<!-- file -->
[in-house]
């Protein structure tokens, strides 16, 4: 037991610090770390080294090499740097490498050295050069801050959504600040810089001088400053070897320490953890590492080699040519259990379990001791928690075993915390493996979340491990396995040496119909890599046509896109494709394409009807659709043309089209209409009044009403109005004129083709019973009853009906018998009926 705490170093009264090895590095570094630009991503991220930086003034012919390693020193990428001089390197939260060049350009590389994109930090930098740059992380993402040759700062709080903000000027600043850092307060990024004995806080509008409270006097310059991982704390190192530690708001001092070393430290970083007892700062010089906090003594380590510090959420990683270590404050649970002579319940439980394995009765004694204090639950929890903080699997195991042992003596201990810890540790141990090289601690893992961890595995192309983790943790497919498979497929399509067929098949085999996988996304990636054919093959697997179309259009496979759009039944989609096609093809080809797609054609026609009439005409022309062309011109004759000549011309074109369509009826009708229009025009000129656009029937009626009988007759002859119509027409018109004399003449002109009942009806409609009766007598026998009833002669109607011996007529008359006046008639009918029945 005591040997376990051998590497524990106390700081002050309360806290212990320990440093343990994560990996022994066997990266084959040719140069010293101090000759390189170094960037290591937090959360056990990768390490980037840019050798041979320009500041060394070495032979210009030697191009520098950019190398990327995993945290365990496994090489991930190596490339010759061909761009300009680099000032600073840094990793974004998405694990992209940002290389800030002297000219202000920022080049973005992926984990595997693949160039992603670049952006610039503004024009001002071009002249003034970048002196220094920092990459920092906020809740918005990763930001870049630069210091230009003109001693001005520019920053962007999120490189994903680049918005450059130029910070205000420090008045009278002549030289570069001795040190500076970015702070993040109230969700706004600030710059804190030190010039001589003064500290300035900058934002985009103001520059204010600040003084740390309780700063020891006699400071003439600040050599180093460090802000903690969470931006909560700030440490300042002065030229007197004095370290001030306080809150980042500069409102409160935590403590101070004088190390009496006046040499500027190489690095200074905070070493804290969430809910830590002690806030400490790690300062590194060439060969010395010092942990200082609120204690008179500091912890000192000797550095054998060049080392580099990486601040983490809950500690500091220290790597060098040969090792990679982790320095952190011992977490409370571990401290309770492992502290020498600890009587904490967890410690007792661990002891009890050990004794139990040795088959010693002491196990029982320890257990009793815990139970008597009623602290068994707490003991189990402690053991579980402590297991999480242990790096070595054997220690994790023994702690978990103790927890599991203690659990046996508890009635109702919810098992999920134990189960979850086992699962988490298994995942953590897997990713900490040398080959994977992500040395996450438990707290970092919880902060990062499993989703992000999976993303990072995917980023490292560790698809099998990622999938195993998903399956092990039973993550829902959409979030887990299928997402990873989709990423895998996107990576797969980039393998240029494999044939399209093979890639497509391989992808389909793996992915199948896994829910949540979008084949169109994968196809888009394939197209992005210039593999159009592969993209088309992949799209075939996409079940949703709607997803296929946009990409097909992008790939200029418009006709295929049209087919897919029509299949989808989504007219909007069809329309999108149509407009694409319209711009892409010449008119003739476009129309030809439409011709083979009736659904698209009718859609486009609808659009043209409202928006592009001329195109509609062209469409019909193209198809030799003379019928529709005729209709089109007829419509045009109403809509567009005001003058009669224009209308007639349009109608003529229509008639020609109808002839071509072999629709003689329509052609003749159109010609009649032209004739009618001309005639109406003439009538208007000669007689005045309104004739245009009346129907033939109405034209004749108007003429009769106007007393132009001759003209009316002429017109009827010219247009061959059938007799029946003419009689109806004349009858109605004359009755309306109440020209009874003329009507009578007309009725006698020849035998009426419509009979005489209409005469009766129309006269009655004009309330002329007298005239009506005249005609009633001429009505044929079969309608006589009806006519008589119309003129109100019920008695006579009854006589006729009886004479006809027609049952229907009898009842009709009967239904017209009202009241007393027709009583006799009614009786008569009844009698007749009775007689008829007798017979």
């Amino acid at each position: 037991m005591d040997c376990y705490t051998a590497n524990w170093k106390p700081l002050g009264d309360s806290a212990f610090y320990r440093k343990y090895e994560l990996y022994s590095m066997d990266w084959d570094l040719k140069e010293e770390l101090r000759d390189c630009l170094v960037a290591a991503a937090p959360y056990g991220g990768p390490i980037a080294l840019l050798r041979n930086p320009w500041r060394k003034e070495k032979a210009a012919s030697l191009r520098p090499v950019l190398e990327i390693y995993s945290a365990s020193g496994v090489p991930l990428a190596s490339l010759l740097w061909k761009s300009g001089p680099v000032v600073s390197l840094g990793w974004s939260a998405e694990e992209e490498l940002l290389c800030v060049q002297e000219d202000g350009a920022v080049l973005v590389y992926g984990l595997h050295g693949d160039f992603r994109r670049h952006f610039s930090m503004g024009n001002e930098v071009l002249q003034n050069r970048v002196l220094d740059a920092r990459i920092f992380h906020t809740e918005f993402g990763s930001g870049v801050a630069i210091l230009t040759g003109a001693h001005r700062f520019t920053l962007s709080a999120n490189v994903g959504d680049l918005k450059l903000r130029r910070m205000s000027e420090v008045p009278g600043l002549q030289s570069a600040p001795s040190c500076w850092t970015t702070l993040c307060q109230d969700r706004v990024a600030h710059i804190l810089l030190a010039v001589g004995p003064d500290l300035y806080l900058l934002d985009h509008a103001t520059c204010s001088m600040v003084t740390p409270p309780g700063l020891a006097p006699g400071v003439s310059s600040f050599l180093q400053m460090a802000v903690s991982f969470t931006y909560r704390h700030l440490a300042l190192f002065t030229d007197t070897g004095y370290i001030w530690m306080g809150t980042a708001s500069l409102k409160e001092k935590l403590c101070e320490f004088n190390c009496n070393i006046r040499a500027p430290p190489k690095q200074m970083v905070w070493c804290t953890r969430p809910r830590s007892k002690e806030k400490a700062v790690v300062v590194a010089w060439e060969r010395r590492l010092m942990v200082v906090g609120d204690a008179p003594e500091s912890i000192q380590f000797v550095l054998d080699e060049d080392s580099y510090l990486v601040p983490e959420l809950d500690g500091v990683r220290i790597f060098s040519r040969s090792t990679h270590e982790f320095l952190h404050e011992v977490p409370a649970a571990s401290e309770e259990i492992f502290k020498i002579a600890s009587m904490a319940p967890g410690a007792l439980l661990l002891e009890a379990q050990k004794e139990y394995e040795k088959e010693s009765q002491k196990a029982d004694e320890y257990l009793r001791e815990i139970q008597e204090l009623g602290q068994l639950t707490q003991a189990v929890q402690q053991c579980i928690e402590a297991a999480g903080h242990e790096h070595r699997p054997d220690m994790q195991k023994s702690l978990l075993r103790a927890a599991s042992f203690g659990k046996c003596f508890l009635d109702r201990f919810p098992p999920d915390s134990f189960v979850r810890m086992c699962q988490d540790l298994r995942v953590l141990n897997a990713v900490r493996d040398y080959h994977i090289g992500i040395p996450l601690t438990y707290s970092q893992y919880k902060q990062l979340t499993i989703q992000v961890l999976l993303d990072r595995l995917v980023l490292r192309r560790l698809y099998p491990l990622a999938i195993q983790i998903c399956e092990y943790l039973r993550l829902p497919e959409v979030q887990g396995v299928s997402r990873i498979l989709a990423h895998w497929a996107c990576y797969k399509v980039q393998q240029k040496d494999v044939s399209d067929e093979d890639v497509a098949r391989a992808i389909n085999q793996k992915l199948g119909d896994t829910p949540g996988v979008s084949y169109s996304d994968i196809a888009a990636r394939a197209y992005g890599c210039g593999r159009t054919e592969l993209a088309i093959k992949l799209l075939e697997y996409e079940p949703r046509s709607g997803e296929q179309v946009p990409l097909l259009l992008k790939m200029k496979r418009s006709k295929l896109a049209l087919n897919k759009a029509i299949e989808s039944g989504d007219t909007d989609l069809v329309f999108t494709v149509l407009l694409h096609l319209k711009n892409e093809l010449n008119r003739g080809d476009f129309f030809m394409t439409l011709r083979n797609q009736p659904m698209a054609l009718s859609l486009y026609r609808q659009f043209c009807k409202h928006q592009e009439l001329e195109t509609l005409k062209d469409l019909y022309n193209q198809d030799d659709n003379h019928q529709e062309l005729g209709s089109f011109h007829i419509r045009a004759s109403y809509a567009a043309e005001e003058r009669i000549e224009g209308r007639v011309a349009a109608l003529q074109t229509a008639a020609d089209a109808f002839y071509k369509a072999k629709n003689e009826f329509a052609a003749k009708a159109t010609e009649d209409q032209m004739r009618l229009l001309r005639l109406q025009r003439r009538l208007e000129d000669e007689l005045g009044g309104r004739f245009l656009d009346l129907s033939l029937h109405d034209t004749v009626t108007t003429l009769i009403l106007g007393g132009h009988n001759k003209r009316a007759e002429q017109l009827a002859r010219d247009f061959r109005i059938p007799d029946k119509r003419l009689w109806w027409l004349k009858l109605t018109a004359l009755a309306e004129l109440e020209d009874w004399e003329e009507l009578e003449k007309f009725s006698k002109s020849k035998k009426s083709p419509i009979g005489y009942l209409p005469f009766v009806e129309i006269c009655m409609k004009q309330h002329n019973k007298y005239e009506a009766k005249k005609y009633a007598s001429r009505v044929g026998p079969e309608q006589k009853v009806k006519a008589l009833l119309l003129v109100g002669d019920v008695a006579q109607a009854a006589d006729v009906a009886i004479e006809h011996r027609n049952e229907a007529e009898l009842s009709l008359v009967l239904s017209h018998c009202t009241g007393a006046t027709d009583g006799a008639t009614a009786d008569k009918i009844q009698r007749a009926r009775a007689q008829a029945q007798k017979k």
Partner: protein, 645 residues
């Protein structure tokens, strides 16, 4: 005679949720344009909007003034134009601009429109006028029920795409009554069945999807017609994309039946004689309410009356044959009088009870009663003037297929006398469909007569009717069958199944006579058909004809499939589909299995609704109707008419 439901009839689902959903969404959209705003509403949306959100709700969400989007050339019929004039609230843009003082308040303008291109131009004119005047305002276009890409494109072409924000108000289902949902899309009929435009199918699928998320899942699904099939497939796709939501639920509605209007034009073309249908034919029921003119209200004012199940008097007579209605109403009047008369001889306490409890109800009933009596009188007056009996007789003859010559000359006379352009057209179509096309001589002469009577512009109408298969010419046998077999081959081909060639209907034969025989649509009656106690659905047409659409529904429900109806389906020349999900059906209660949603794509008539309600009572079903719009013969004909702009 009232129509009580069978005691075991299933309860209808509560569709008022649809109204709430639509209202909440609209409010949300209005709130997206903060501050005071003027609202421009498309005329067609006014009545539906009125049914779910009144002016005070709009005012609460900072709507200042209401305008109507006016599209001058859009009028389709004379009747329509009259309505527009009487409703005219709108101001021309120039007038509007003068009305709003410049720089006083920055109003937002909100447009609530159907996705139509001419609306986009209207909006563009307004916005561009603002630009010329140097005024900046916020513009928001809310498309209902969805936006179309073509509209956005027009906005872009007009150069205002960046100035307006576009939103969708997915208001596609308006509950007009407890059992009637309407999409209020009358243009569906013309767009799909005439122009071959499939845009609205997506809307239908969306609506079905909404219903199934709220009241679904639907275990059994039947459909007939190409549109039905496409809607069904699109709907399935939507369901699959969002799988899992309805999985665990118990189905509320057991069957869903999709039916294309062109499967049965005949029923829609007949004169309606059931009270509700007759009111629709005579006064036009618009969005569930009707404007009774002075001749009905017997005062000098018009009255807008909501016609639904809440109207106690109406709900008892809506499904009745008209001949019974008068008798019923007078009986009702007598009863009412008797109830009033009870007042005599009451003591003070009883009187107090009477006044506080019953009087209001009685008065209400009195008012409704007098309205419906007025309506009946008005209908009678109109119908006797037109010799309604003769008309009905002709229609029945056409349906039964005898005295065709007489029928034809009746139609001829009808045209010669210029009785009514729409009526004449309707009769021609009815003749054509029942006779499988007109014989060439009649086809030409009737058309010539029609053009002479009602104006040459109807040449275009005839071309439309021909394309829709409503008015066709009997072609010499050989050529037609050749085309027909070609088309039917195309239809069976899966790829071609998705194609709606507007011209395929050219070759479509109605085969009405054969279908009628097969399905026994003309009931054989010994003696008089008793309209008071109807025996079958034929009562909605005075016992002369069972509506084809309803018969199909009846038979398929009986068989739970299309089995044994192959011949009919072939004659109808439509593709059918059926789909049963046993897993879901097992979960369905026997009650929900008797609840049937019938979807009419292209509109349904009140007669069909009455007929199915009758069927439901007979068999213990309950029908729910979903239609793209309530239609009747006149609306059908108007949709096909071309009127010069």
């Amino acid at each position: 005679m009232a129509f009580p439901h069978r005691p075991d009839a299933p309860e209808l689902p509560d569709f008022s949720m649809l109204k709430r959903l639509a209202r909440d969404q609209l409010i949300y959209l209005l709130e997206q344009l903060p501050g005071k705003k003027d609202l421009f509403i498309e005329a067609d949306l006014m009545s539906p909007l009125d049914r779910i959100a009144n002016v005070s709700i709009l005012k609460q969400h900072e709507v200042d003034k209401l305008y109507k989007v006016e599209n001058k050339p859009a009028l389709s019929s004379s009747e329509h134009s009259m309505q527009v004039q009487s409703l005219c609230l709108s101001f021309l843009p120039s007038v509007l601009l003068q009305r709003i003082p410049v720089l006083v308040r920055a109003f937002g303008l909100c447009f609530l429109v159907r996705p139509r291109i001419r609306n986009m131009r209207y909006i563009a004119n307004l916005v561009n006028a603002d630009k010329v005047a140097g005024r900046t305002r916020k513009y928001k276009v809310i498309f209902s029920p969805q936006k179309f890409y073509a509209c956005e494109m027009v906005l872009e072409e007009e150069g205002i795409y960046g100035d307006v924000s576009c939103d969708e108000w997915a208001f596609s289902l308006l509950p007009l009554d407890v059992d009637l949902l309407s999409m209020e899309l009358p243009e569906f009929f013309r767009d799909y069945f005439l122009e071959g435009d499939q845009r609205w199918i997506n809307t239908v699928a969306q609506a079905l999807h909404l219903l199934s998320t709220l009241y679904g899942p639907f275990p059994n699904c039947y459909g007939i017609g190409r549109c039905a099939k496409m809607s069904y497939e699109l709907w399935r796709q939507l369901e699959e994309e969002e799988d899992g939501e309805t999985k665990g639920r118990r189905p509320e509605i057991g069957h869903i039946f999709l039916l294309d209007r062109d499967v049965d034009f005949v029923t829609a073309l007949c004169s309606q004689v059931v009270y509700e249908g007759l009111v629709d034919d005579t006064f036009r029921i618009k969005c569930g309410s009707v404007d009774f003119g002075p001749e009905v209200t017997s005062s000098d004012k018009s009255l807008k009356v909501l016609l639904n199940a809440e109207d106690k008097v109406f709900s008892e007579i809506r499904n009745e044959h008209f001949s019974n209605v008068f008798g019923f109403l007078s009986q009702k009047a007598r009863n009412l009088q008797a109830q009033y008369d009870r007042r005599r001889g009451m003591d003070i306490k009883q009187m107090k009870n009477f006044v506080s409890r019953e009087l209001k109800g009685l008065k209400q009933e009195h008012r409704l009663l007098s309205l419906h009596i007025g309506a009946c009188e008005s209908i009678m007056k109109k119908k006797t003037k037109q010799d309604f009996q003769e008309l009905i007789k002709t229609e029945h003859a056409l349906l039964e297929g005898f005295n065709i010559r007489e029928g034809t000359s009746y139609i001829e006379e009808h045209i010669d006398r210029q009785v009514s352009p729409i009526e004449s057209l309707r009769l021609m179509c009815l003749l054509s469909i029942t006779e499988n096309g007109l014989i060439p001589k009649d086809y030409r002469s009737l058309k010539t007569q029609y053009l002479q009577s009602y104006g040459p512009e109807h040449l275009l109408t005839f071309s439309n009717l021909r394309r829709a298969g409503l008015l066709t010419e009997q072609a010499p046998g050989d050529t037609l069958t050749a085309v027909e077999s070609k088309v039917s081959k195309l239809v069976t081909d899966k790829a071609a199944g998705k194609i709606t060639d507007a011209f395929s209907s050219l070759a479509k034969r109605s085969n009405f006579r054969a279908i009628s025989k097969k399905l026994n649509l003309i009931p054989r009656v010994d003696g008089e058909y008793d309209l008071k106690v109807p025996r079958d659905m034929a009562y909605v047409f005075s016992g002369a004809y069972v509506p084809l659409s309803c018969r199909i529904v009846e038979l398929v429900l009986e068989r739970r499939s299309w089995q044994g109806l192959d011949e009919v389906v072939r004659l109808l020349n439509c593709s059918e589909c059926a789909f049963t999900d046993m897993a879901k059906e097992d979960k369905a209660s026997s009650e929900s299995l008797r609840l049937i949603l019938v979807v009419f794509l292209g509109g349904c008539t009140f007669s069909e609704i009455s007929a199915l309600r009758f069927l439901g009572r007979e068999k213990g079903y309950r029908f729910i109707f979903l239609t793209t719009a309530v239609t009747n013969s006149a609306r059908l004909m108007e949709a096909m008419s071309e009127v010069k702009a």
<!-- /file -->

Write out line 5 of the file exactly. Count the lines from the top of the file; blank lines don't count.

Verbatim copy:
């Protein structure tokens, strides 16, 4: 005679949720344009909007003034134009601009429109006028029920795409009554069945999807017609994309039946004689309410009356044959009088009870009663003037297929006398469909007569009717069958199944006579058909004809499939589909299995609704109707008419 439901009839689902959903969404959209705003509403949306959100709700969400989007050339019929004039609230843009003082308040303008291109131009004119005047305002276009890409494109072409924000108000289902949902899309009929435009199918699928998320899942699904099939497939796709939501639920509605209007034009073309249908034919029921003119209200004012199940008097007579209605109403009047008369001889306490409890109800009933009596009188007056009996007789003859010559000359006379352009057209179509096309001589002469009577512009109408298969010419046998077999081959081909060639209907034969025989649509009656106690659905047409659409529904429900109806389906020349999900059906209660949603794509008539309600009572079903719009013969004909702009 009232129509009580069978005691075991299933309860209808509560569709008022649809109204709430639509209202909440609209409010949300209005709130997206903060501050005071003027609202421009498309005329067609006014009545539906009125049914779910009144002016005070709009005012609460900072709507200042209401305008109507006016599209001058859009009028389709004379009747329509009259309505527009009487409703005219709108101001021309120039007038509007003068009305709003410049720089006083920055109003937002909100447009609530159907996705139509001419609306986009209207909006563009307004916005561009603002630009010329140097005024900046916020513009928001809310498309209902969805936006179309073509509209956005027009906005872009007009150069205002960046100035307006576009939103969708997915208001596609308006509950007009407890059992009637309407999409209020009358243009569906013309767009799909005439122009071959499939845009609205997506809307239908969306609506079905909404219903199934709220009241679904639907275990059994039947459909007939190409549109039905496409809607069904699109709907399935939507369901699959969002799988899992309805999985665990118990189905509320057991069957869903999709039916294309062109499967049965005949029923829609007949004169309606059931009270509700007759009111629709005579006064036009618009969005569930009707404007009774002075001749009905017997005062000098018009009255807008909501016609639904809440109207106690109406709900008892809506499904009745008209001949019974008068008798019923007078009986009702007598009863009412008797109830009033009870007042005599009451003591003070009883009187107090009477006044506080019953009087209001009685008065209400009195008012409704007098309205419906007025309506009946008005209908009678109109119908006797037109010799309604003769008309009905002709229609029945056409349906039964005898005295065709007489029928034809009746139609001829009808045209010669210029009785009514729409009526004449309707009769021609009815003749054509029942006779499988007109014989060439009649086809030409009737058309010539029609053009002479009602104006040459109807040449275009005839071309439309021909394309829709409503008015066709009997072609010499050989050529037609050749085309027909070609088309039917195309239809069976899966790829071609998705194609709606507007011209395929050219070759479509109605085969009405054969279908009628097969399905026994003309009931054989010994003696008089008793309209008071109807025996079958034929009562909605005075016992002369069972509506084809309803018969199909009846038979398929009986068989739970299309089995044994192959011949009919072939004659109808439509593709059918059926789909049963046993897993879901097992979960369905026997009650929900008797609840049937019938979807009419292209509109349904009140007669069909009455007929199915009758069927439901007979068999213990309950029908729910979903239609793209309530239609009747006149609306059908108007949709096909071309009127010069």